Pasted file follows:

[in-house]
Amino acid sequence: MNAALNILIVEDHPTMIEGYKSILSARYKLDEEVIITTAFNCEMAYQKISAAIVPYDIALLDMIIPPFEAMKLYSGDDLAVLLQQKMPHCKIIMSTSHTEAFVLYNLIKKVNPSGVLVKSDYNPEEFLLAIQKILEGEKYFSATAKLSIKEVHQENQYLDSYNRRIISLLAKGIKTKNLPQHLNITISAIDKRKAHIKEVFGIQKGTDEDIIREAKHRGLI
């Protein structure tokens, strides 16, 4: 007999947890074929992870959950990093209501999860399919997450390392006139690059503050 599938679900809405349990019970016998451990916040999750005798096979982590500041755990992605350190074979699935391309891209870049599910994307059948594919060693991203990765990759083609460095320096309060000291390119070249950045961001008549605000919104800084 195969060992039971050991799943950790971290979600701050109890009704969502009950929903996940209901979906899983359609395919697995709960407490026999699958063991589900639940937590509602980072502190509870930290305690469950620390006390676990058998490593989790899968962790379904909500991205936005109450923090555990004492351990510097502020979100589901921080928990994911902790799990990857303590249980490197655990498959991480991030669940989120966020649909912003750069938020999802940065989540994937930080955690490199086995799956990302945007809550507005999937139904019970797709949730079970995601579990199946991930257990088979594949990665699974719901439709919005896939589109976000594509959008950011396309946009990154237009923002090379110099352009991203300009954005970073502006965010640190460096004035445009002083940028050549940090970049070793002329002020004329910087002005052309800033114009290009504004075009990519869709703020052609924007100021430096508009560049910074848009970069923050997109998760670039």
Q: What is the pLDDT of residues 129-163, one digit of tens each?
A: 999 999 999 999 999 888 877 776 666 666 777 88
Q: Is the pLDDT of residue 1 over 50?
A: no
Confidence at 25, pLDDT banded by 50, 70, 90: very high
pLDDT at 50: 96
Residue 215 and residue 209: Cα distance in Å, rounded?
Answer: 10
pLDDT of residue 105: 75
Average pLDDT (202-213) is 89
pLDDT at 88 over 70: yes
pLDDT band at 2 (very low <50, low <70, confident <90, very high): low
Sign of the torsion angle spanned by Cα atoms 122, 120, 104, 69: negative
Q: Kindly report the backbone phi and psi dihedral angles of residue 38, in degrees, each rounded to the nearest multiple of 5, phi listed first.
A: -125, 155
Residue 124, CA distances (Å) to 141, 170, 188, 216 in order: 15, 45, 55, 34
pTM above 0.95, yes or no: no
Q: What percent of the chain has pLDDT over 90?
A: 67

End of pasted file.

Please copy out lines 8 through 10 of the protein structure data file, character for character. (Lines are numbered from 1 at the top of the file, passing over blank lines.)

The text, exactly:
Confidence at 25, pLDDT banded by 50, 70, 90: very high
pLDDT at 50: 96
Residue 215 and residue 209: Cα distance in Å, rounded?